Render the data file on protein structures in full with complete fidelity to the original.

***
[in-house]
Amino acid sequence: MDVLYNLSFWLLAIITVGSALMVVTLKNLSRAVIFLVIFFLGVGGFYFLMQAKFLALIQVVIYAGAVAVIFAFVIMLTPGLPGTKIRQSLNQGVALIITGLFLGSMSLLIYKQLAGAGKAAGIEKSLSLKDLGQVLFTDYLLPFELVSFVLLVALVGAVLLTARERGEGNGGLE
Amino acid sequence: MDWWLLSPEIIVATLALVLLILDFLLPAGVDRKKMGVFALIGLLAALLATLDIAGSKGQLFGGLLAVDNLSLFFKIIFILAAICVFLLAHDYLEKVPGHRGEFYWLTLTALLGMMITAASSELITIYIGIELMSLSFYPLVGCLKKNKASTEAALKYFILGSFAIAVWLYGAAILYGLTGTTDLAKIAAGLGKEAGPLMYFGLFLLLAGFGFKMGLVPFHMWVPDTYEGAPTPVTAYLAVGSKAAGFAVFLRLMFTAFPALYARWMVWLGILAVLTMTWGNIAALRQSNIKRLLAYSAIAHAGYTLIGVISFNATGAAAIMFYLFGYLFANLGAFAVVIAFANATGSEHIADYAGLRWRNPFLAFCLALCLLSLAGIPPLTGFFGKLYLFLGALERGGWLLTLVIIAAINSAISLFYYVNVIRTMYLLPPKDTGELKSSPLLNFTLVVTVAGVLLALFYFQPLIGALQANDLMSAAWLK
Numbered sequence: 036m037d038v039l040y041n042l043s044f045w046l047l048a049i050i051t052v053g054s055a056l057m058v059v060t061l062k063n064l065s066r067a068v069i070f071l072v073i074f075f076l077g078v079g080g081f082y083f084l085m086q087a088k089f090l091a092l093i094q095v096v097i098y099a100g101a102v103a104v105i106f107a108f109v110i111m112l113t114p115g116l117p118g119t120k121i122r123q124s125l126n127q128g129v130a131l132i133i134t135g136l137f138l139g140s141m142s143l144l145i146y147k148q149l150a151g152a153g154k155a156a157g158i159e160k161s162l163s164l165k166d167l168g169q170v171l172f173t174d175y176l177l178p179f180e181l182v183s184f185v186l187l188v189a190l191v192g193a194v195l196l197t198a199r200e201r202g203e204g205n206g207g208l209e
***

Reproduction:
[in-house]
Amino acid sequence: MDVLYNLSFWLLAIITVGSALMVVTLKNLSRAVIFLVIFFLGVGGFYFLMQAKFLALIQVVIYAGAVAVIFAFVIMLTPGLPGTKIRQSLNQGVALIITGLFLGSMSLLIYKQLAGAGKAAGIEKSLSLKDLGQVLFTDYLLPFELVSFVLLVALVGAVLLTARERGEGNGGLE
Amino acid sequence: MDWWLLSPEIIVATLALVLLILDFLLPAGVDRKKMGVFALIGLLAALLATLDIAGSKGQLFGGLLAVDNLSLFFKIIFILAAICVFLLAHDYLEKVPGHRGEFYWLTLTALLGMMITAASSELITIYIGIELMSLSFYPLVGCLKKNKASTEAALKYFILGSFAIAVWLYGAAILYGLTGTTDLAKIAAGLGKEAGPLMYFGLFLLLAGFGFKMGLVPFHMWVPDTYEGAPTPVTAYLAVGSKAAGFAVFLRLMFTAFPALYARWMVWLGILAVLTMTWGNIAALRQSNIKRLLAYSAIAHAGYTLIGVISFNATGAAAIMFYLFGYLFANLGAFAVVIAFANATGSEHIADYAGLRWRNPFLAFCLALCLLSLAGIPPLTGFFGKLYLFLGALERGGWLLTLVIIAAINSAISLFYYVNVIRTMYLLPPKDTGELKSSPLLNFTLVVTVAGVLLALFYFQPLIGALQANDLMSAAWLK
Numbered sequence: 036m037d038v039l040y041n042l043s044f045w046l047l048a049i050i051t052v053g054s055a056l057m058v059v060t061l062k063n064l065s066r067a068v069i070f071l072v073i074f075f076l077g078v079g080g081f082y083f084l085m086q087a088k089f090l091a092l093i094q095v096v097i098y099a100g101a102v103a104v105i106f107a108f109v110i111m112l113t114p115g116l117p118g119t120k121i122r123q124s125l126n127q128g129v130a131l132i133i134t135g136l137f138l139g140s141m142s143l144l145i146y147k148q149l150a151g152a153g154k155a156a157g158i159e160k161s162l163s164l165k166d167l168g169q170v171l172f173t174d175y176l177l178p179f180e181l182v183s184f185v186l187l188v189a190l191v192g193a194v195l196l197t198a199r200e201r202g203e204g205n206g207g208l209e